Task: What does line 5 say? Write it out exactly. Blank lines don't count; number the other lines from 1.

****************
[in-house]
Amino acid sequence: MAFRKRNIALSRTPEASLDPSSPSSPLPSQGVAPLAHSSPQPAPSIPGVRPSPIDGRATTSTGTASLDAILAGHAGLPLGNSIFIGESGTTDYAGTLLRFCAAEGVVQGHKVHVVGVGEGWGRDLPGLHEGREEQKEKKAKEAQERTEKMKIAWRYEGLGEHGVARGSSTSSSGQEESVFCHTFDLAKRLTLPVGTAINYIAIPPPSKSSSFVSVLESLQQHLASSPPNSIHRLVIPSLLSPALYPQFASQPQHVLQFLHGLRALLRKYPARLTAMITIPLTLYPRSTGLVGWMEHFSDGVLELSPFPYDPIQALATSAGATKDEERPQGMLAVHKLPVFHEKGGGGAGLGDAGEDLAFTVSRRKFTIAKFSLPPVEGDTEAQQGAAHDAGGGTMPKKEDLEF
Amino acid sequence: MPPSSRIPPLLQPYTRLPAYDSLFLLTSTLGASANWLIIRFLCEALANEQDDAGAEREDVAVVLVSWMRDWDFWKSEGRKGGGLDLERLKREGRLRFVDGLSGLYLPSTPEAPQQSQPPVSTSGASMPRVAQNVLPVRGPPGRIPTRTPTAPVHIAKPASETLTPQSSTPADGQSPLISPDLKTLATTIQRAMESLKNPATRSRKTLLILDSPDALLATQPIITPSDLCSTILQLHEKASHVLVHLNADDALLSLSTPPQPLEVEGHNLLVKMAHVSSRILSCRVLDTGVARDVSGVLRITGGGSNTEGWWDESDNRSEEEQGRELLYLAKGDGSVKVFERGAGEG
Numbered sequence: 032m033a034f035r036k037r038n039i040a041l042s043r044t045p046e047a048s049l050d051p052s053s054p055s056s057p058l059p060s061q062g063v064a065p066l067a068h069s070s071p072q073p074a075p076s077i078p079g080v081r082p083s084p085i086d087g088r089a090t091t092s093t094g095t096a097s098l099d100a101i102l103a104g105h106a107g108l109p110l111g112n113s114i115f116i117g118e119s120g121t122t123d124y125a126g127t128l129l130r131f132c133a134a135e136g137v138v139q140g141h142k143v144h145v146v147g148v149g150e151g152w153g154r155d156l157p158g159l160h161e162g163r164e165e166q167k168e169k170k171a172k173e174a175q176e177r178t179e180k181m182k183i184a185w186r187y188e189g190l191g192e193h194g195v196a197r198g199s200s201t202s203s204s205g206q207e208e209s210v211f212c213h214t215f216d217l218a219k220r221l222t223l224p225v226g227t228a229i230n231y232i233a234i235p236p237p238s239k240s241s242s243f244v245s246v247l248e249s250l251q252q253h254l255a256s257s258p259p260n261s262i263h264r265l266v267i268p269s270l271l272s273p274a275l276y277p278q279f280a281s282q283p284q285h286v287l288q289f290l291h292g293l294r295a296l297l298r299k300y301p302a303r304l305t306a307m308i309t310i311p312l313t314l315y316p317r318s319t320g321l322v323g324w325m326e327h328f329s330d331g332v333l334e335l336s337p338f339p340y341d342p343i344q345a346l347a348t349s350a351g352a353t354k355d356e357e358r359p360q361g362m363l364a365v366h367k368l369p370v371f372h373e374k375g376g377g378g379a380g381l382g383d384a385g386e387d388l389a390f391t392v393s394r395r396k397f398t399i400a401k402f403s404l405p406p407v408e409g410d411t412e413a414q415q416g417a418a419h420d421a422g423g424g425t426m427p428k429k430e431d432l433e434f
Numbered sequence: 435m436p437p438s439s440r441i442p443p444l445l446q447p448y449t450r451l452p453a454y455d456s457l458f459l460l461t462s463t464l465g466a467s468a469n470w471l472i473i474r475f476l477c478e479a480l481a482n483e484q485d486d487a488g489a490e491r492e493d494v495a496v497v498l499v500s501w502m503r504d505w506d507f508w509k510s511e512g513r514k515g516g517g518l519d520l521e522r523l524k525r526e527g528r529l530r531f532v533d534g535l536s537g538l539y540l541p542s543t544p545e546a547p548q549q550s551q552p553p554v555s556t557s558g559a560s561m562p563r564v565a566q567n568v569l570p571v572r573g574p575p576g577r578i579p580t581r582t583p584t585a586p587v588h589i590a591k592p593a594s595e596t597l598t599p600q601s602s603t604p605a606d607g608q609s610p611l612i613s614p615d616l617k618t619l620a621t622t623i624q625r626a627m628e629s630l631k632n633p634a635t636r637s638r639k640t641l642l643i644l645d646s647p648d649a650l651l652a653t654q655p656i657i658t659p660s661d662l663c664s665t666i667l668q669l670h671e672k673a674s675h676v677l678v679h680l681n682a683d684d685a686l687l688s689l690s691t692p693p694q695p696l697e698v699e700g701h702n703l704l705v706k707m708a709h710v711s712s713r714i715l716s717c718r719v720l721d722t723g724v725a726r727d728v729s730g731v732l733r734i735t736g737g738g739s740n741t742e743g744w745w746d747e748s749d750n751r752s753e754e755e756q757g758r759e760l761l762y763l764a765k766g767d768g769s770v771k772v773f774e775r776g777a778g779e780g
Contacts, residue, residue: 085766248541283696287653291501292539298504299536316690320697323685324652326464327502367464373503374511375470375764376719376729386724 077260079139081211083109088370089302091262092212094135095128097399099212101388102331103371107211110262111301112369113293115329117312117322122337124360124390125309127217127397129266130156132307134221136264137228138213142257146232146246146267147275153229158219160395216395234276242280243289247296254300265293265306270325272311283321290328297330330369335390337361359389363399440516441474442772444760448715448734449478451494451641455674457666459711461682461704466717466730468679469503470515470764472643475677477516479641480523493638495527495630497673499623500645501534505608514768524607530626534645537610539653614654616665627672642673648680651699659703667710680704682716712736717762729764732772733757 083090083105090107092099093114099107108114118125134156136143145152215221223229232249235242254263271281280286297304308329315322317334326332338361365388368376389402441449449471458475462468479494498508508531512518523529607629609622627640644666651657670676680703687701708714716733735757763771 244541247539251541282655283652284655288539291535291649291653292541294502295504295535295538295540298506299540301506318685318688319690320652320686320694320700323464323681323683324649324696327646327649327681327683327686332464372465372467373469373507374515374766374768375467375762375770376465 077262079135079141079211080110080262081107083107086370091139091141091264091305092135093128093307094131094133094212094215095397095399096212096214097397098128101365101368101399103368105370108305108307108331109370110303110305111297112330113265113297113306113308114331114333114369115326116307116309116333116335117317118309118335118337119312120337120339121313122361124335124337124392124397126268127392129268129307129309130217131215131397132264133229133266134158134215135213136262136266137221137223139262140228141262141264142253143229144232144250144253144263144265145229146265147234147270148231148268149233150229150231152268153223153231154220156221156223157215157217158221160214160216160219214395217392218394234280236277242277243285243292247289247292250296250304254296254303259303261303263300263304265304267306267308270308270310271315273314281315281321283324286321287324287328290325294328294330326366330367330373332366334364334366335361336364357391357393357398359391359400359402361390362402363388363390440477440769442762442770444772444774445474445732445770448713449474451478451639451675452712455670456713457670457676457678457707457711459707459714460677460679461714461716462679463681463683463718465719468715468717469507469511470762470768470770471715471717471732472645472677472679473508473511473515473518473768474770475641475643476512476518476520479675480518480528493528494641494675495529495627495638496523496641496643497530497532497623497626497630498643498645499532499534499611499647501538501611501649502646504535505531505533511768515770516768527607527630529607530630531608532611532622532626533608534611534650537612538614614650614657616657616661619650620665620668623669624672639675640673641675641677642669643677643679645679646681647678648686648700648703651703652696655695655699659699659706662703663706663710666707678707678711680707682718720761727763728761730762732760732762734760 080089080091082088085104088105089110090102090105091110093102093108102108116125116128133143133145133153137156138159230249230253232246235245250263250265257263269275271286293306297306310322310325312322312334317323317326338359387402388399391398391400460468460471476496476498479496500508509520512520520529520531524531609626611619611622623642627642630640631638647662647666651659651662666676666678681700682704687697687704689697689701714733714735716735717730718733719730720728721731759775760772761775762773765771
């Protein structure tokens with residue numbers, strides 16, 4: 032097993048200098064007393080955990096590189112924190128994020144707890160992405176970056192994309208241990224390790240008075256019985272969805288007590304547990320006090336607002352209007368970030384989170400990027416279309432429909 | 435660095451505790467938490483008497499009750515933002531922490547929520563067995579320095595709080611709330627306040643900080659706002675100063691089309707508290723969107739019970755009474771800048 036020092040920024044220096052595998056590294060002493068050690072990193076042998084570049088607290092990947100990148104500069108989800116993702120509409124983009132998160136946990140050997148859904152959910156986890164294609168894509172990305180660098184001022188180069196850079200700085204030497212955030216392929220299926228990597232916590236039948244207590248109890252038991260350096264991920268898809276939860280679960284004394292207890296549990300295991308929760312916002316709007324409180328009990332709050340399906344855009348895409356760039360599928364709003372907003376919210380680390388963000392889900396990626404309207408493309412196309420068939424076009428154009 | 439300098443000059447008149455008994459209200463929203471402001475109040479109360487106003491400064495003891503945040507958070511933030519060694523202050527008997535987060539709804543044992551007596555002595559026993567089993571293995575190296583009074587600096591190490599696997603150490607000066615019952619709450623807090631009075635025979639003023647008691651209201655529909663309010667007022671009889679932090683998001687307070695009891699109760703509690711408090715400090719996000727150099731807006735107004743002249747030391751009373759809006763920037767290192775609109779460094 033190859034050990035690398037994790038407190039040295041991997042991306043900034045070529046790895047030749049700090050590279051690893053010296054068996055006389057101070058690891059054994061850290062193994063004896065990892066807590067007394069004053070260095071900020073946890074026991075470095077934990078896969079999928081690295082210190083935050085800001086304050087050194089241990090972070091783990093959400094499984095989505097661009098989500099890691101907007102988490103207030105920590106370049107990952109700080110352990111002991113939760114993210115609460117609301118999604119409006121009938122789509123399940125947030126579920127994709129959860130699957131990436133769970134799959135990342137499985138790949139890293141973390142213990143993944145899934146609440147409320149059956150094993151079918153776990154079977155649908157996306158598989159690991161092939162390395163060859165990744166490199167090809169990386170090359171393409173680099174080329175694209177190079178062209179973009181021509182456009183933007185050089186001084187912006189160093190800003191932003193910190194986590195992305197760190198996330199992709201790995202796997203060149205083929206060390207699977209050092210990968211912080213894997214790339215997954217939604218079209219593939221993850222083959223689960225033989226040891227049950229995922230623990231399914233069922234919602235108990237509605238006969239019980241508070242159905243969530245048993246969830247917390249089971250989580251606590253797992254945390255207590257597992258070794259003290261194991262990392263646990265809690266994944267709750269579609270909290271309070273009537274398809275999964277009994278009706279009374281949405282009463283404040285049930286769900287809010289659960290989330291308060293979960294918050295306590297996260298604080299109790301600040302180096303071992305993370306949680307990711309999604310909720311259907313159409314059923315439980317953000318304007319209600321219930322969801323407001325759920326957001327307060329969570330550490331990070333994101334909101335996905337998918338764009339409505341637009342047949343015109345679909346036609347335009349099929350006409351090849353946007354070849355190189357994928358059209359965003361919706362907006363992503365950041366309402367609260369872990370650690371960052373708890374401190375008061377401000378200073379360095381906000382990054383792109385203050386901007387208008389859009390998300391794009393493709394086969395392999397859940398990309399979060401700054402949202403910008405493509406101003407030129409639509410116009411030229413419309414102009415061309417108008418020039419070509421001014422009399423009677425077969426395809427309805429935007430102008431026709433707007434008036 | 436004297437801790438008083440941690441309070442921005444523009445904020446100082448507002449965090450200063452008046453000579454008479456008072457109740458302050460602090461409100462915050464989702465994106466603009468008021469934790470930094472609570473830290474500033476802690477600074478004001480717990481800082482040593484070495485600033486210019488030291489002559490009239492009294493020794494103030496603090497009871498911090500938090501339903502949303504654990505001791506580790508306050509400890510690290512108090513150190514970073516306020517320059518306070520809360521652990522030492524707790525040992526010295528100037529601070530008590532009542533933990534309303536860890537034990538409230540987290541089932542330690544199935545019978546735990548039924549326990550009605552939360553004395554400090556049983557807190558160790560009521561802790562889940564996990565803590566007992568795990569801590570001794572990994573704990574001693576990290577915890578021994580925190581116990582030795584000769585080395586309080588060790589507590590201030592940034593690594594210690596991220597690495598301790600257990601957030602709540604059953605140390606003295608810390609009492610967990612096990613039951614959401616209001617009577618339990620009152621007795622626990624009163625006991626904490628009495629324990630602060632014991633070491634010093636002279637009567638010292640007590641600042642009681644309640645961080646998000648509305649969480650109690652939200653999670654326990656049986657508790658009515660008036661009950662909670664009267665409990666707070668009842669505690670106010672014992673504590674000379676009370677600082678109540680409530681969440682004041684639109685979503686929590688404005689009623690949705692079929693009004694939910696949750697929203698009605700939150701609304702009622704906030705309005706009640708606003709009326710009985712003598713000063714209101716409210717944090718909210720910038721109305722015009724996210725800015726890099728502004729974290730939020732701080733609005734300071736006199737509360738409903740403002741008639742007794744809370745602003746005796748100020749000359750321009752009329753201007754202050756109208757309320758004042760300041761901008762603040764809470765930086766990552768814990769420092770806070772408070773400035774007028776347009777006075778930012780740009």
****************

Numbered sequence: 435m436p437p438s439s440r441i442p443p444l445l446q447p448y449t450r451l452p453a454y455d456s457l458f459l460l461t462s463t464l465g466a467s468a469n470w471l472i473i474r475f476l477c478e479a480l481a482n483e484q485d486d487a488g489a490e491r492e493d494v495a496v497v498l499v500s501w502m503r504d505w506d507f508w509k510s511e512g513r514k515g516g517g518l519d520l521e522r523l524k525r526e527g528r529l530r531f532v533d534g535l536s537g538l539y540l541p542s543t544p545e546a547p548q549q550s551q552p553p554v555s556t557s558g559a560s561m562p563r564v565a566q567n568v569l570p571v572r573g574p575p576g577r578i579p580t581r582t583p584t585a586p587v588h589i590a591k592p593a594s595e596t597l598t599p600q601s602s603t604p605a606d607g608q609s610p611l612i613s614p615d616l617k618t619l620a621t622t623i624q625r626a627m628e629s630l631k632n633p634a635t636r637s638r639k640t641l642l643i644l645d646s647p648d649a650l651l652a653t654q655p656i657i658t659p660s661d662l663c664s665t666i667l668q669l670h671e672k673a674s675h676v677l678v679h680l681n682a683d684d685a686l687l688s689l690s691t692p693p694q695p696l697e698v699e700g701h702n703l704l705v706k707m708a709h710v711s712s713r714i715l716s717c718r719v720l721d722t723g724v725a726r727d728v729s730g731v732l733r734i735t736g737g738g739s740n741t742e743g744w745w746d747e748s749d750n751r752s753e754e755e756q757g758r759e760l761l762y763l764a765k766g767d768g769s770v771k772v773f774e775r776g777a778g779e780g